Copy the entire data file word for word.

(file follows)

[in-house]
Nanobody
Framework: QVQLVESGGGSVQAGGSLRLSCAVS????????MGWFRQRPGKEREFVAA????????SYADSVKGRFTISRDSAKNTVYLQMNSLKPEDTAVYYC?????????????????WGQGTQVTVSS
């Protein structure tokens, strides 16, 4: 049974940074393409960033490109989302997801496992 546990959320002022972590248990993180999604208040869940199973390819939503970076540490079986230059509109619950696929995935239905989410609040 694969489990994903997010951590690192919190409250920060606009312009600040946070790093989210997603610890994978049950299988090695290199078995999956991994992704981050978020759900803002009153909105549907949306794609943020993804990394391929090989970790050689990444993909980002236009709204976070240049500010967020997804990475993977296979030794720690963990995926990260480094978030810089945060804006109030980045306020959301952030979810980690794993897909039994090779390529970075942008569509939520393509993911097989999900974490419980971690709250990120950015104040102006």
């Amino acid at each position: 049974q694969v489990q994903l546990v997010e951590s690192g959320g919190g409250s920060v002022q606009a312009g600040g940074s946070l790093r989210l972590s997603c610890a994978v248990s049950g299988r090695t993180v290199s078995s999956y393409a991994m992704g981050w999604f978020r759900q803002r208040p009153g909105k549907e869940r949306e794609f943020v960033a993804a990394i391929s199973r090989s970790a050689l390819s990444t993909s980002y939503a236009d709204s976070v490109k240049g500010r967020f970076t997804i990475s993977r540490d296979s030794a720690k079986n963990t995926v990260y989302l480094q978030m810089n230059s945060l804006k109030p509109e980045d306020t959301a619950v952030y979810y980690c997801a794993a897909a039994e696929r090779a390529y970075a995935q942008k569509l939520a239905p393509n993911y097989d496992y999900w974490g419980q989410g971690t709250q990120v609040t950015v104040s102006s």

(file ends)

[in-house]
Nanobody
Framework: QVQLVESGGGSVQAGGSLRLSCAVS????????MGWFRQRPGKEREFVAA????????SYADSVKGRFTISRDSAKNTVYLQMNSLKPEDTAVYYC?????????????????WGQGTQVTVSS
């Protein structure tokens, strides 16, 4: 049974940074393409960033490109989302997801496992 546990959320002022972590248990993180999604208040869940199973390819939503970076540490079986230059509109619950696929995935239905989410609040 694969489990994903997010951590690192919190409250920060606009312009600040946070790093989210997603610890994978049950299988090695290199078995999956991994992704981050978020759900803002009153909105549907949306794609943020993804990394391929090989970790050689990444993909980002236009709204976070240049500010967020997804990475993977296979030794720690963990995926990260480094978030810089945060804006109030980045306020959301952030979810980690794993897909039994090779390529970075942008569509939520393509993911097989999900974490419980971690709250990120950015104040102006």
């Amino acid at each position: 049974q694969v489990q994903l546990v997010e951590s690192g959320g919190g409250s920060v002022q606009a312009g600040g940074s946070l790093r989210l972590s997603c610890a994978v248990s049950g299988r090695t993180v290199s078995s999956y393409a991994m992704g981050w999604f978020r759900q803002r208040p009153g909105k549907e869940r949306e794609f943020v960033a993804a990394i391929s199973r090989s970790a050689l390819s990444t993909s980002y939503a236009d709204s976070v490109k240049g500010r967020f970076t997804i990475s993977r540490d296979s030794a720690k079986n963990t995926v990260y989302l480094q978030m810089n230059s945060l804006k109030p509109e980045d306020t959301a619950v952030y979810y980690c997801a794993a897909a039994e696929r090779a390529y970075a995935q942008k569509l939520a239905p393509n993911y097989d496992y999900w974490g419980q989410g971690t709250q990120v609040t950015v104040s102006s």